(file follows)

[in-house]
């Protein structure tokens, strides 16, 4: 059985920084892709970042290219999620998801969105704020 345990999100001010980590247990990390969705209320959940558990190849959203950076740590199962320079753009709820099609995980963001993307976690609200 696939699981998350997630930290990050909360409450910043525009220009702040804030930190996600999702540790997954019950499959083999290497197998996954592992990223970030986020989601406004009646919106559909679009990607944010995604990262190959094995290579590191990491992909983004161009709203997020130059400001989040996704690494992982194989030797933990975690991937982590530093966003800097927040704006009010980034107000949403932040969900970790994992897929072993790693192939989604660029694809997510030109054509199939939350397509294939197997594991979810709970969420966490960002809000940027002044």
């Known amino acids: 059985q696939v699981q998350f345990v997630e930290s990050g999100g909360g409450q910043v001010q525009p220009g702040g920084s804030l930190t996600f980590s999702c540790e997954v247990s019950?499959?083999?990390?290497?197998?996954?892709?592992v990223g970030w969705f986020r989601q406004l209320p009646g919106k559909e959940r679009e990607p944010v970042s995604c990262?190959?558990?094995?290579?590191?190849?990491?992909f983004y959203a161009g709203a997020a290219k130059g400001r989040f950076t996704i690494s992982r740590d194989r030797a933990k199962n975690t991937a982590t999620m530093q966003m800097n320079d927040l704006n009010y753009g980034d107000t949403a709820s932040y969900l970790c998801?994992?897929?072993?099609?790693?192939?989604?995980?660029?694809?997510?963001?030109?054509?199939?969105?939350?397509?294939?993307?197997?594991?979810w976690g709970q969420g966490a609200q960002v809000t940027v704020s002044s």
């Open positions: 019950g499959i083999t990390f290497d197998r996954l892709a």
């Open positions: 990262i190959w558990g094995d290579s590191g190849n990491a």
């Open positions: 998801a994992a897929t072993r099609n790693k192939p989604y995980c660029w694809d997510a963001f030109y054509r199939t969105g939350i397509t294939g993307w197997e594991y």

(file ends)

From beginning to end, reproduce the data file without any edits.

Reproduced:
[in-house]
């Protein structure tokens, strides 16, 4: 059985920084892709970042290219999620998801969105704020 345990999100001010980590247990990390969705209320959940558990190849959203950076740590199962320079753009709820099609995980963001993307976690609200 696939699981998350997630930290990050909360409450910043525009220009702040804030930190996600999702540790997954019950499959083999290497197998996954592992990223970030986020989601406004009646919106559909679009990607944010995604990262190959094995290579590191990491992909983004161009709203997020130059400001989040996704690494992982194989030797933990975690991937982590530093966003800097927040704006009010980034107000949403932040969900970790994992897929072993790693192939989604660029694809997510030109054509199939939350397509294939197997594991979810709970969420966490960002809000940027002044």
């Known amino acids: 059985q696939v699981q998350f345990v997630e930290s990050g999100g909360g409450q910043v001010q525009p220009g702040g920084s804030l930190t996600f980590s999702c540790e997954v247990s019950?499959?083999?990390?290497?197998?996954?892709?592992v990223g970030w969705f986020r989601q406004l209320p009646g919106k559909e959940r679009e990607p944010v970042s995604c990262?190959?558990?094995?290579?590191?190849?990491?992909f983004y959203a161009g709203a997020a290219k130059g400001r989040f950076t996704i690494s992982r740590d194989r030797a933990k199962n975690t991937a982590t999620m530093q966003m800097n320079d927040l704006n009010y753009g980034d107000t949403a709820s932040y969900l970790c998801?994992?897929?072993?099609?790693?192939?989604?995980?660029?694809?997510?963001?030109?054509?199939?969105?939350?397509?294939?993307?197997?594991?979810w976690g709970q969420g966490a609200q960002v809000t940027v704020s002044s």
């Open positions: 019950g499959i083999t990390f290497d197998r996954l892709a």
């Open positions: 990262i190959w558990g094995d290579s590191g190849n990491a």
């Open positions: 998801a994992a897929t072993r099609n790693k192939p989604y995980c660029w694809d997510a963001f030109y054509r199939t969105g939350i397509t294939g993307w197997e594991y």